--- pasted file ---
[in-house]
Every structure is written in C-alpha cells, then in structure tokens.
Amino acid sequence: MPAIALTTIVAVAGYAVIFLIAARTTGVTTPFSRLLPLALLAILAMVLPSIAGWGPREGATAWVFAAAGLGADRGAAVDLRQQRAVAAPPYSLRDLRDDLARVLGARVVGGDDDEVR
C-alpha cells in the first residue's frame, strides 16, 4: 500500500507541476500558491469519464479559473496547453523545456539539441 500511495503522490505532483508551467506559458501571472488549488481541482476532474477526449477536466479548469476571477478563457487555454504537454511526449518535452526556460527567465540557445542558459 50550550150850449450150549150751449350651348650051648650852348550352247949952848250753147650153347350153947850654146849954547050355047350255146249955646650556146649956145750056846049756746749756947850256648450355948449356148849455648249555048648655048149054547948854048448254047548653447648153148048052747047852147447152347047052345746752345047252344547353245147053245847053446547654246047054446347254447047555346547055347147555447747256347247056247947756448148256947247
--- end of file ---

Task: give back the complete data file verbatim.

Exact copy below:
[in-house]
Every structure is written in C-alpha cells, then in structure tokens.
Amino acid sequence: MPAIALTTIVAVAGYAVIFLIAARTTGVTTPFSRLLPLALLAILAMVLPSIAGWGPREGATAWVFAAAGLGADRGAAVDLRQQRAVAAPPYSLRDLRDDLARVLGARVVGGDDDEVR
C-alpha cells in the first residue's frame, strides 16, 4: 500500500507541476500558491469519464479559473496547453523545456539539441 500511495503522490505532483508551467506559458501571472488549488481541482476532474477526449477536466479548469476571477478563457487555454504537454511526449518535452526556460527567465540557445542558459 50550550150850449450150549150751449350651348650051648650852348550352247949952848250753147650153347350153947850654146849954547050355047350255146249955646650556146649956145750056846049756746749756947850256648450355948449356148849455648249555048648655048149054547948854048448254047548653447648153148048052747047852147447152347047052345746752345047252344547353245147053245847053446547654246047054446347254447047555346547055347147555447747256347247056247947756448148256947247